Career and College Pathways

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College and Career Pathways: You have Options! 

After high school, different paths lead to different types of credentials. You may need one (or several) of these credentials, depending on your career interests and goals. 



People who go straight into the workplace usually do not have formal credentials beyond a high school diploma. However, some people on this path might complete an apprenticeship or other on-the-job training. 

  • Certificate for completion of training 

  • Apprenticeship 

CTE (Technical) College 

Most technical colleges award a certificate to show completion of a program of study. Some also award associate degrees. 

  • Certificate or certification for completion of a program (one year or less) 

  • Associate degree (two years) 


Traditional Two-Year College 

Most community colleges award certificates or associate degrees, depending on the program. On average, an associate degree takes two years to complete for students who can go full-time. Students can continue earning a bachelor’s degree at some colleges. In two years, students typically earn an associate degree. 

  • Associate degree 


Traditional Four-Year College 

Most four-year colleges award bachelor’s degrees. On average, a bachelor’s degree takes four years to complete for students who can go full-time. The two most common types of bachelor’s degrees are a B.S. (Bachelor of Science) or a B.A. (Bachelor of Arts)
• Bachelor’s degree 

Graduate School 

Many careers require specialized training and education beyond a bachelor’s degree. Students attend graduate or professional school to receive this training and earn a graduate or advanced degree. Some advanced degrees include: 

  • Master’s degree: most common are M.S. (Science) or M.A. (Arts)

  • Business degree (M.B.A. for Master of Business Arts)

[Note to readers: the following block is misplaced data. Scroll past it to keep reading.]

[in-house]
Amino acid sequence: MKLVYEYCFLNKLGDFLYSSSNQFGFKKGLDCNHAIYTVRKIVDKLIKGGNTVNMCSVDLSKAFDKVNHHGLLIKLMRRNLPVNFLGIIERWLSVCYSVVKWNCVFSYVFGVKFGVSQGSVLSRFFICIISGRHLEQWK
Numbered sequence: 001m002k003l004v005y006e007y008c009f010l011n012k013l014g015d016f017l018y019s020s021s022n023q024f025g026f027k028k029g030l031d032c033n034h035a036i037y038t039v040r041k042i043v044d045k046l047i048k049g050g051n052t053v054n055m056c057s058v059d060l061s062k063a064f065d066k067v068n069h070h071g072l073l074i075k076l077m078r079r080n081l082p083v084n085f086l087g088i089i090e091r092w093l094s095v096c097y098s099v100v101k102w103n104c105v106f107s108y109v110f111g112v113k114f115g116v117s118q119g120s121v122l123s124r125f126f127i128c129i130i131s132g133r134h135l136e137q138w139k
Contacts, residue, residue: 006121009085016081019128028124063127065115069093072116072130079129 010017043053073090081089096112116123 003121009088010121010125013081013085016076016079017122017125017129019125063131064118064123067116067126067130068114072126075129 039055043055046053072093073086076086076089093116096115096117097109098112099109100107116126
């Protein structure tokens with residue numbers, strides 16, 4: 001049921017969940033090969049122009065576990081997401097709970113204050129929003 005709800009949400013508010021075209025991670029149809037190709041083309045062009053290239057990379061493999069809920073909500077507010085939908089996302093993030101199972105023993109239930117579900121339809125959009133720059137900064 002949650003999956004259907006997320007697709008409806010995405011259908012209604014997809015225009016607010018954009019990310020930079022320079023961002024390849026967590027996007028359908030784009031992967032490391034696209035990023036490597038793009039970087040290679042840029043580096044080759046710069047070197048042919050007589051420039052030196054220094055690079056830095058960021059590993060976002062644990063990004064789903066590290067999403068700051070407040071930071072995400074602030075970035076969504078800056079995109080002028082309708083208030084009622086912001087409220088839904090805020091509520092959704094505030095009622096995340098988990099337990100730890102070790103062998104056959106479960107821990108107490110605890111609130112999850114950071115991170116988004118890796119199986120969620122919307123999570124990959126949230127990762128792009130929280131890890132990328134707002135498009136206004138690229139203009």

• Medical degree (M.D. for Medical Doctor 

  • Law degree (J.D. for Juris Doctor) 

  • Doctorate degree (Ph.D. for Doctor of Philosophy) 


National Service 

  • Military Options: ROTC, Military Academies, or Enlistment 

  • AmeriCorps


Technical & Specialty Colleges 

If you are a student with a clear career goal and would like to quickly get into the job market, consider technical or other specialty programs. 

Technical colleges vary widely in majors, length of programs, cost, and other characteristics, but they have one thing in common: an emphasis on hands-on training for a specific career. 

Typical fields of study include: 

Health care (practical nursing, home health aide). 

Computers, technology (electronics, auto mechanics, plumbing, heating, and air conditioning). 

Culinary arts. 


And more. 

The specific degree or certificate may vary depending on your field, but two-year associate degrees are common. You should visit the campus and research it as any other option. 

There are public/non-profit technical and specialty colleges and for-profit schools. Both of these have aspects that you should factor into your decision-making. 

Key Considerations 

Public/Non-Profit Schools

  • Requires careful consideration. Financial aid is sometimes limited. Because of the specialized nature of technical programs, it may be difficult (or even impossible) to change majors without starting over. 

  • You should do as much research as possible. 

  • For example, read about career fields, shadow someone in a chosen field, speak with local employers, etc. 

For-Profit Schools 

  • Be a savvy shopper.